Russia: Trump Administration 'Utterly Powerless,' New Sanctions Mean 'Full-scale Trade War'

White House says Trump 'supported' new sanctions, wants to pressure Russia; denies U.S. president spoke with Putin before signing bill into law

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Russian President Vladimir Putin (R) speaks with Prime Minister Dmitry Medvedev in the rain during a wreath-laying ceremony marking the anniversary of the Nazi German invasion in 1941, by the Kremlin wall in Moscow, Russia June 22, 2017.
Russian President Vladimir Putin (R) speaks with Prime Minister Dmitry Medvedev in the rain during a wreath-laying ceremony marking the anniversary of the Nazi German invasion in 1941, by the Kremlin Credit: SERGEI KARPUKHIN/REUTERS

Russia blasted Wednesday the U.S. after President Donald Trump signed legislation for new sanctions against Moscow, placing the two sides on a diplomatic collision course.

Prime Minister Dmitry Medvedev said the new sanctions, which were pushed on Trump by U.S. lawmakers, proved that his administration was “utterly powerless.” He further said that the sanctions were tantamount to a “full-scale trade war” between the two powers.

"The hope that our relations with the new American administration would improve is finished," he wrote in a Facebook post.

Russia’s Foreign Ministry blasted the sanctions as “short-sighted” and said they risked harming global security.

Trump shakes hand with Putin before the first working session of the G-20 summit in Hamburg, Germany, July, 2017.Credit: Steffen Kugler/AP

>> Russia vs U.S.: With Trump signing new sanctions, what are the implications of a Cold War 2.0 <<

Trump signed into law new sanctions against Russia on Wednesday but he slammed the legislation as infringing on his powers to shape foreign policy, saying he could make "far better deals" with governments than Congress.

However, the White House said that Trump "supported" that new sanctions, and wanted to pressure Russia, Iran and North Korea, attempting to dispel claims he was pressured by lawmakers to accept the sanctions. The White House denied that Trump spoke with Putin about the legislation before signing the bill into law.

The new law allows Congress to stop any effort by Trump to ease sanctions on Russia.

After signing a bill that Congress had approved overwhelmingly last week and which runs counter to his desire to improve relations with Moscow, the Republican president laid out a lengthy list of concerns.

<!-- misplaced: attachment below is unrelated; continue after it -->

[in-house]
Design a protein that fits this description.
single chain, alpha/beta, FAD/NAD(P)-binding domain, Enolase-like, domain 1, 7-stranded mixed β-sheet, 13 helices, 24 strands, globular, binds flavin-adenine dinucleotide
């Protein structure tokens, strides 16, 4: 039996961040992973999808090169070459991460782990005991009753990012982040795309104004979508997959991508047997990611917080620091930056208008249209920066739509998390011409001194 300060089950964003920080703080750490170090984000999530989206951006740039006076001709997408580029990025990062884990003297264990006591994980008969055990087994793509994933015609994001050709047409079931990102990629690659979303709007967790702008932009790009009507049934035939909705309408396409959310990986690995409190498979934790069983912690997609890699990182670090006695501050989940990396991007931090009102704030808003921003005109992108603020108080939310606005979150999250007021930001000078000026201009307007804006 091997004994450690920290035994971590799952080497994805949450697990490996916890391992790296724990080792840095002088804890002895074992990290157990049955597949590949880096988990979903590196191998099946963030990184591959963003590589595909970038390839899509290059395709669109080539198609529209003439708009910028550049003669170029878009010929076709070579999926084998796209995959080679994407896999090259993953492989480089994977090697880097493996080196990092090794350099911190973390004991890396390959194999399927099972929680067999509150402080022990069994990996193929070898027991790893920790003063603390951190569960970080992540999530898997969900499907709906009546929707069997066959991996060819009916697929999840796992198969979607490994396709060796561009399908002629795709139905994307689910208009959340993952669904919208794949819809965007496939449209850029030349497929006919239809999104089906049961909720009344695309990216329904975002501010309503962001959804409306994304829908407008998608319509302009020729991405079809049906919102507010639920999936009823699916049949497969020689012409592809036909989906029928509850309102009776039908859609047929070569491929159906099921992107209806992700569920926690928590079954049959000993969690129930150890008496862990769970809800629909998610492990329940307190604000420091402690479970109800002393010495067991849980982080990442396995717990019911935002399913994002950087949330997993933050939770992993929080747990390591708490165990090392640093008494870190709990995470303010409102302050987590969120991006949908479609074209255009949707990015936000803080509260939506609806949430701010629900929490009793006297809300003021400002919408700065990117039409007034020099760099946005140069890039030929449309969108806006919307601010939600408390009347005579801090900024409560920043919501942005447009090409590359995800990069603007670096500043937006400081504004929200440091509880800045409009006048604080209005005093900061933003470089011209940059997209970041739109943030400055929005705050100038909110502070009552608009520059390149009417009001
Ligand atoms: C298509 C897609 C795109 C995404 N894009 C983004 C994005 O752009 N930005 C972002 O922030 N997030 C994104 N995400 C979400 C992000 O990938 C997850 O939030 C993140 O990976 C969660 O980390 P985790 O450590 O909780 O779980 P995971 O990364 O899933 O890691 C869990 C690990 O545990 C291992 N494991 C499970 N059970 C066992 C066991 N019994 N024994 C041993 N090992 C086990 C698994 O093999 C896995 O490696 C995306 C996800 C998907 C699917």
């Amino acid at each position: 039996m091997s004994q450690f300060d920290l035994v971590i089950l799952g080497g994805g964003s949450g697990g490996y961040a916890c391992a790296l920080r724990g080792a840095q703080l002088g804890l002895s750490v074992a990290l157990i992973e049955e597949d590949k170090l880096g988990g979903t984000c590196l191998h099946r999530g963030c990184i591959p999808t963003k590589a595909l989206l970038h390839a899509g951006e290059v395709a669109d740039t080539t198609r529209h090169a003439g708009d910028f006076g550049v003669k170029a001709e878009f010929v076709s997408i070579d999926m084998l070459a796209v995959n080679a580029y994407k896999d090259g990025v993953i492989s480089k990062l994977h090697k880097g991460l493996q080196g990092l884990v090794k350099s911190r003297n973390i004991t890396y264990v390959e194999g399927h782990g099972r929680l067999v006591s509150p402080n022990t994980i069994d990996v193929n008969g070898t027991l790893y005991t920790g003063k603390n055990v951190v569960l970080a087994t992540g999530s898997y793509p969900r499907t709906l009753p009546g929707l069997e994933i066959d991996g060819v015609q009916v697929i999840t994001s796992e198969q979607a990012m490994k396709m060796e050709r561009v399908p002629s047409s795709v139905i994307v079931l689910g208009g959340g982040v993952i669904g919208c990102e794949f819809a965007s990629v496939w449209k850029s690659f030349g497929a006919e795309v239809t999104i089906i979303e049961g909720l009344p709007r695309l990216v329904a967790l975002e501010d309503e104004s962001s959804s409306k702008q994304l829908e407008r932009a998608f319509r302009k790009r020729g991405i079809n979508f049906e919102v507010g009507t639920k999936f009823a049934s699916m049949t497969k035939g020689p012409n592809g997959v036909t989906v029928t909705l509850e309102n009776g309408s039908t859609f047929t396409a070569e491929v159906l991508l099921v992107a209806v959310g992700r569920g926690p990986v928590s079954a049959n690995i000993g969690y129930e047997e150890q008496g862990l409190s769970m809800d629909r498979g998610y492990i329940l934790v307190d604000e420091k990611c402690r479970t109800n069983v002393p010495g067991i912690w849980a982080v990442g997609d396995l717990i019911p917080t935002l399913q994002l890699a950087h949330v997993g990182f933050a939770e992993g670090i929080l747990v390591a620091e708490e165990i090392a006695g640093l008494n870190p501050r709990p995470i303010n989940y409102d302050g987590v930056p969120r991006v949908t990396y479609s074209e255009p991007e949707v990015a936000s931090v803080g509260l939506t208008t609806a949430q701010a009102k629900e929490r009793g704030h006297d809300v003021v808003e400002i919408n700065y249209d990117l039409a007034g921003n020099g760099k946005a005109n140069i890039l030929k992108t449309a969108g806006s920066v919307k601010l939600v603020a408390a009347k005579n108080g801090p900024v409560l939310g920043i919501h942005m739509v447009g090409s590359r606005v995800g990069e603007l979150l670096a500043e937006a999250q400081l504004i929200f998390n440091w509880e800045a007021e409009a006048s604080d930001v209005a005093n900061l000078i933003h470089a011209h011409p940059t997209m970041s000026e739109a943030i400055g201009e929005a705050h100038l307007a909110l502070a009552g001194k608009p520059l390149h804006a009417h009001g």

His criticism of the sanctions, which also affect Iran and North Korea, raised the question of how much Trump is prepared to enforce the measures and to pursue action against Russia.

"While I favor tough measures to punish and deter aggressive and destabilizing behavior by Iran, North Korea, and Russia, this legislation is significantly flawed," Trump said in a formal signing statement.

Trump, who has made clear he wanted to improve relations with Russia, grudgingly accepted the new congressional sanctions, which also included Iran and North Korea. The bill had enough support in Congress to override a presidential veto.

Trump's signing of the bill followed some conflicting signals from the administration in recent days about the sanctions.

U.S. Secretary of State Rex Tillerson told reporters on Tuesday that he and Trump did not believe the new sanctions would "be helpful to our efforts" on diplomacy with Russia. Vice President Mike Pence said that the bill showed Trump and Congress were speaking "with a unified voice."

White House adviser Kellyanne Conway confirmed the signing during an interview with Fox News.

Trump's desire for better relations with Moscow has been hamstrung by findings of U.S. intelligence agencies that Russia interfered to help the Republican against Democratic presidential candidate Hillary Clinton. U.S. congressional panels and a special counsel are investigating. Moscow denies any meddling and Trump denies any collusion by his campaign.

The Russian rouble weakened slightly following the initial report that Trump had signed the bill.

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